Product Management

# Learn SWIFTUI: Draw Circles in Circles

Hi everyone, today we have a guest post from my good friend Kayle. He's an ivy league cs grad, and has built software for several startups. Check out his site here.

We are going to focus on the layout of the mini circles.

Before we dive in, I recommend you grab the base code for this example from this gist below.

view rawCircleLayoutExercise.swift hosted with ❤ by GitHub

First let’s setup a GeometryReader in our base view to get the width of our view and set the dimensions of our background circle. We will need this metric later on when we are positioning our subviews.

Circle()
.foregroundColor(.init(hue: 0, saturation: 0.0, brightness: 0.9))
.frame(width: geometry.size.width, height: geometry.size.width, alignment:
.center)
.overlay(
CircularLayout(
radius: (geometry.size.width * 0.75) / 2,
count: Int(self.count))
.offset(x: geometry.size.width * 0.125, y: geometry.size.width * 0.125)
)
}

Next we will create our CirclularLayout with radius and count properties. The count is just for this simple demo and is the number of subviews to create.

struct CircularLayout : View {
var count: Int;

var body: some View {
}
}

Let’s add a ZStack to our CicularLayout to prevent other auto layout metrics from conflicting with the positions of our subviews.

struct CircularLayout : View {
var count: Int;

var body: some View {
ZStack {
}
}
}

Now we’ll add a ForEach to dynamically generate count number of views inside our ZStack.

struct CircularLayout : View {
var count: Int;

var body: some View {
ZStack {
ForEach((0...self.count-1), id: \.self) { index in
MiniCircle(title: "\(index)")
}
}
}

Before we start positioning the subviews, here’s a quick refresher on how the angle relates to the coordinates of a circle.

Our X-Axis is radians and our Y-Axis is units. With our blue cos curve we see that for a 0 radian angle, we have a value of 1 and at PI we have a value of -1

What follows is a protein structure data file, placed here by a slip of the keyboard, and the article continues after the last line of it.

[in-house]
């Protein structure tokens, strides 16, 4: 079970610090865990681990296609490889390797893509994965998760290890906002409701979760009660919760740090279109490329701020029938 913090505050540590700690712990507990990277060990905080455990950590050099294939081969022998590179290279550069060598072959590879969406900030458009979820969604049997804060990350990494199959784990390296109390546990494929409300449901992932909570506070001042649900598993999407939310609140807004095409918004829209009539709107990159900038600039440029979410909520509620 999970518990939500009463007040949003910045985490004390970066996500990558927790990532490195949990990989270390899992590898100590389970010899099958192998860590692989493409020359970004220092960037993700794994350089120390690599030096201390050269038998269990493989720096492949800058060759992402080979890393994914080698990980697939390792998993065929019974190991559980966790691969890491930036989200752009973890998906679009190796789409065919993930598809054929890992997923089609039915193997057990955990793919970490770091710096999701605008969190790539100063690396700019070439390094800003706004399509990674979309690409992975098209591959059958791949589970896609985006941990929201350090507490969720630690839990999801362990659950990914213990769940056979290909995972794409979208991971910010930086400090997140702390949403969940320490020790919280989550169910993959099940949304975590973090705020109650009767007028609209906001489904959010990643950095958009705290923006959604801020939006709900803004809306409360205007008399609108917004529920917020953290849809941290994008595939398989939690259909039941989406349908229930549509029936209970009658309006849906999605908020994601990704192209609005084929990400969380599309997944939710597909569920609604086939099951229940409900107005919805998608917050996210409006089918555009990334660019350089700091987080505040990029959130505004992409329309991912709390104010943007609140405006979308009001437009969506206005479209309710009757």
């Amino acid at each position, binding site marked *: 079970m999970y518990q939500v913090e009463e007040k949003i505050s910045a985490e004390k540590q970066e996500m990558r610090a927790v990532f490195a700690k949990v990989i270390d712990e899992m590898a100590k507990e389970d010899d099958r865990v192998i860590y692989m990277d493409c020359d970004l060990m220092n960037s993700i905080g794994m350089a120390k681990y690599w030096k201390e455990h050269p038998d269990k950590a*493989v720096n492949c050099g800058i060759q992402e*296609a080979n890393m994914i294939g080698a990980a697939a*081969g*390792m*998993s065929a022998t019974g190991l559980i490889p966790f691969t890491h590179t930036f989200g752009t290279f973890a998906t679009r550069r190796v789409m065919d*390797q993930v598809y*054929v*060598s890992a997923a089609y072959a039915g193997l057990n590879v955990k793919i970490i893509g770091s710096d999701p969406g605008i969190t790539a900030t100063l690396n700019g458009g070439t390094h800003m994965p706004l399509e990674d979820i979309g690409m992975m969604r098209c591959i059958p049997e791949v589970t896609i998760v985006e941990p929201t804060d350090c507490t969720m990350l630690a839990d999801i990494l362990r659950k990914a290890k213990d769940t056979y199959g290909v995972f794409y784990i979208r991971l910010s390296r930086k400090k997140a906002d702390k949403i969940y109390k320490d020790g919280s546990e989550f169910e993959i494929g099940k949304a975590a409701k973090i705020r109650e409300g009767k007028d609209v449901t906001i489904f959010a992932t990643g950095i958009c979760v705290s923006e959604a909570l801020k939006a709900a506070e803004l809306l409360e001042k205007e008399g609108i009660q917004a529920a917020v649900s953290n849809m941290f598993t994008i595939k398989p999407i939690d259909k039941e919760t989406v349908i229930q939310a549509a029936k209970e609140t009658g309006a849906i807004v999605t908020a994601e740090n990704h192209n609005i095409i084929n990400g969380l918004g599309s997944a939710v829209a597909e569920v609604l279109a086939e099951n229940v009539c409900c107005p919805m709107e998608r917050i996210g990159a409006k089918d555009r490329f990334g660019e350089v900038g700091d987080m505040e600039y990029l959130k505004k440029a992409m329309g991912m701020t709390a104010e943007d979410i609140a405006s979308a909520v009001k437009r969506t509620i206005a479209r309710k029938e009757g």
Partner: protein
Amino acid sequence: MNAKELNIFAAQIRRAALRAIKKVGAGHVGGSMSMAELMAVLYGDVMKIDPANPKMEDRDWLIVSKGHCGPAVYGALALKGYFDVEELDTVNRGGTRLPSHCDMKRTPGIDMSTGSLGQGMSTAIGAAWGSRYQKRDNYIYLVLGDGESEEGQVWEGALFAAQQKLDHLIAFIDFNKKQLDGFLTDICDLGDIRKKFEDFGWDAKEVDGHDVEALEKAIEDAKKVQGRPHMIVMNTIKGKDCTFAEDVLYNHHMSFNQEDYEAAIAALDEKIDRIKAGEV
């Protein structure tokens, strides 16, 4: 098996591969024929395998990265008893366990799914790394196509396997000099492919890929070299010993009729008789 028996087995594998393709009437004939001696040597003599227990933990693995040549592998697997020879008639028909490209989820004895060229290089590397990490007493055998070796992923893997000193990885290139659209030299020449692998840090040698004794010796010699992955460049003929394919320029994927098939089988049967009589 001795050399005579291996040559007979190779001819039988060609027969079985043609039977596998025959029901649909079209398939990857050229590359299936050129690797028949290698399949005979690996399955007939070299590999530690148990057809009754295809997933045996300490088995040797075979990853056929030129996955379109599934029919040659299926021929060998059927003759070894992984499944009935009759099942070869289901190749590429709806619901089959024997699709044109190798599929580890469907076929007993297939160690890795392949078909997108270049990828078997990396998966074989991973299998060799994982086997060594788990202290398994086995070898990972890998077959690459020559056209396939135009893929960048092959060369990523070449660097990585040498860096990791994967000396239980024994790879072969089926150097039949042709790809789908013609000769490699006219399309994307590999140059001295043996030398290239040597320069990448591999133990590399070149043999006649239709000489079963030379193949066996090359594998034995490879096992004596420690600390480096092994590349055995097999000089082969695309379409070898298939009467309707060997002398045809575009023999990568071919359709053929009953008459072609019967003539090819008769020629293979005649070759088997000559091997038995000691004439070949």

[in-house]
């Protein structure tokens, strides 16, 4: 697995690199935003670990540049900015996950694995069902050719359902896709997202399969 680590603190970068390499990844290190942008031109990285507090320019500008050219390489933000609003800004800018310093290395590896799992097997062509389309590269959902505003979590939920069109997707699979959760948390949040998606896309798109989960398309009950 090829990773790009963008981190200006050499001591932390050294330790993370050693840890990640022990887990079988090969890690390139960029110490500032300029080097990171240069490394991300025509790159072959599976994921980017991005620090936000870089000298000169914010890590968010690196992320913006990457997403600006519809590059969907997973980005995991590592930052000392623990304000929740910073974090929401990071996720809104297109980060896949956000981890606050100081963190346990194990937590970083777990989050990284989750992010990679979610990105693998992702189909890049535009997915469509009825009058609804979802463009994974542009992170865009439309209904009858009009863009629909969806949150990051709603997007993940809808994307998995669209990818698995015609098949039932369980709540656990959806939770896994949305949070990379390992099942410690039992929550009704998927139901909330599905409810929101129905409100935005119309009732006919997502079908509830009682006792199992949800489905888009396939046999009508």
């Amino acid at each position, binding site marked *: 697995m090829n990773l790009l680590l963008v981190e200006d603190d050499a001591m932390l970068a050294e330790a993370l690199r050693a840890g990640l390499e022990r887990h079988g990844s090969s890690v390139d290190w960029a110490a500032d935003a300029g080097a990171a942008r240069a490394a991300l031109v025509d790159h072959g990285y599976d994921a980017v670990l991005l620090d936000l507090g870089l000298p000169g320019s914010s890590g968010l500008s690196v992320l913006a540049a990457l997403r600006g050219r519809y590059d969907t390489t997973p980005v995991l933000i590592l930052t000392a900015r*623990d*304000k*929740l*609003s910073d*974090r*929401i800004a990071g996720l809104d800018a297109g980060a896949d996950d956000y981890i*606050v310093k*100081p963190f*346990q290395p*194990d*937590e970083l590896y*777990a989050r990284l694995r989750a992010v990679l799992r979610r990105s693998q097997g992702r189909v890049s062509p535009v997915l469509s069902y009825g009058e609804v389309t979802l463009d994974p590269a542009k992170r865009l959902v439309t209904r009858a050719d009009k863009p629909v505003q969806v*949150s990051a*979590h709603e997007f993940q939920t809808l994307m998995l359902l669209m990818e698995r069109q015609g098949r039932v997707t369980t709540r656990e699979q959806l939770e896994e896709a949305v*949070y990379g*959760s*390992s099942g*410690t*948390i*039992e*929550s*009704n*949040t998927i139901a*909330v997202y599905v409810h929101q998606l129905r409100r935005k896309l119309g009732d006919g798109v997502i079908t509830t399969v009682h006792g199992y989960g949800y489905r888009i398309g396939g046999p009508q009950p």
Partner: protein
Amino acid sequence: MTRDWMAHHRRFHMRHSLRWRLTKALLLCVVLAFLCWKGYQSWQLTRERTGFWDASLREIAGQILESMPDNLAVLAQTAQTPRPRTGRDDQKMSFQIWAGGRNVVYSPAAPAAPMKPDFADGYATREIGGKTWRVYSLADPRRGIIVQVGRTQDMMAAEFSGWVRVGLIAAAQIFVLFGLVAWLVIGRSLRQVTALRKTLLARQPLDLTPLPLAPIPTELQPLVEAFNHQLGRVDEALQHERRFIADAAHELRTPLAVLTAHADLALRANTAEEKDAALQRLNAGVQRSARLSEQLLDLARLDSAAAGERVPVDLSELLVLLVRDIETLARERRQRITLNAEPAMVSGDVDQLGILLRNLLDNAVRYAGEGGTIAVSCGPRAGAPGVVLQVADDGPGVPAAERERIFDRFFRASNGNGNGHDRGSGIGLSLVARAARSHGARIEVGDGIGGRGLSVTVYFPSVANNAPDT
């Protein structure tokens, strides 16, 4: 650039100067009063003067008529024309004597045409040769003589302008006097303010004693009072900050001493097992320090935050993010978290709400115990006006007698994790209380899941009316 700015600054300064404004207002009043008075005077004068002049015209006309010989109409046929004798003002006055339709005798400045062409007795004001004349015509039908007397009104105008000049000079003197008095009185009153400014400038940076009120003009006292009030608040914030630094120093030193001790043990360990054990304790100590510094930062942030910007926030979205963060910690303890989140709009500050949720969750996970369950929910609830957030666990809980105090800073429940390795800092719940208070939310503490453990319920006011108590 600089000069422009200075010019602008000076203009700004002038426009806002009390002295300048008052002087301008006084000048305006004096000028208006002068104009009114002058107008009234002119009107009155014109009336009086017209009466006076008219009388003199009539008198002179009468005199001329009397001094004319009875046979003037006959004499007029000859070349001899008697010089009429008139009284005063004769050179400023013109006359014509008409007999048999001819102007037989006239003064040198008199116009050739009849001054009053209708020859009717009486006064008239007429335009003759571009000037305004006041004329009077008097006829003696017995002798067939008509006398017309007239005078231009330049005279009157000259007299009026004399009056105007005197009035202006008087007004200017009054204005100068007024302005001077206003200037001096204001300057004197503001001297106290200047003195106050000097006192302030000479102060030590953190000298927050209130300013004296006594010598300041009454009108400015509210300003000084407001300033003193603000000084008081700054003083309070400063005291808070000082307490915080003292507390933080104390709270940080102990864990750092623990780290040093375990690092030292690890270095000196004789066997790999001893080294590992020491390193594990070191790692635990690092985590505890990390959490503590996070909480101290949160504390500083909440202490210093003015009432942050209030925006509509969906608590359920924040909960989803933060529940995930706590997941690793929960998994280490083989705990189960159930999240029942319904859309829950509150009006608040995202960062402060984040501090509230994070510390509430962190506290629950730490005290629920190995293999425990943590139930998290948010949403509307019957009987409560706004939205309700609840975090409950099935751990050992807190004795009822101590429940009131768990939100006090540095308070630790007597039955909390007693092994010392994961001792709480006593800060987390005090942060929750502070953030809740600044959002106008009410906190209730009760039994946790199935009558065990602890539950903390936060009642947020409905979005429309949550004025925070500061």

Similarly, sin is shifted PI/2 radians so it is 0 at 0 and 1 at PI/2

This lets us use (cos(angle), sin(angle)) as our coordinate for our positioned subview.

Cool, now let’s get out first view in the correct position. Start by moving it from (0,0) being top left to being in the center of our layout (self.radius, self.radius) This lets us just work from the Unit Circle for easy math.

struct CircularLayout : View {
var count: Int;

var body: some View {
ZStack {
ForEach((0...self.count-1), id: \.self) { index in
MiniCircle(title: "\(index)")
}
}
}

Next we will move our subview to the 3 o’clock position to start by adding cos(angle) * self.radius to the x and sin(angle) * radius to the y. We’ll workout what this angle is next.

struct CircularLayout : View {
var count: Int;

var body: some View {
ZStack {
ForEach((0...self.count-1), id: \.self) { index in
MiniCircle(title: "\(index)")
}
}
}

Remember that’s the form for a coordinate on a circle; adding or subtracting sin determines if we go clockwise or counterclockwise). Multiplying by the radius converts the Unit Circle to our circles dimensions.

To determine the angle: we know we want the views to be equidistant. So 2 views should give us an angle of PI to split the circle into 2. With 3 views we want 2PI/3 since there are 2PI radians in a circle. Here we can see the pattern is just 2PI/count to get an equidistant angle.

struct CircularLayout : View {
var count: Int;

var body: some View {
let angle = 2.0 / CGFloat(self.count) * .pi
return ZStack {
ForEach((0...self.count-1), id: \.self) { index in
MiniCircle(title: "\(index)")
}
}
}

Lastly we just want to multiply our angle by the index in the loop to apply a partial rotation around the circle for each subview.

struct CircularLayout : View {
var count: Int;

var body: some View {
let angle = 2.0 / CGFloat(self.count) * .pi
return ZStack {
ForEach((0...self.count-1), id: \.self) { index in
MiniCircle(title: "\(index)")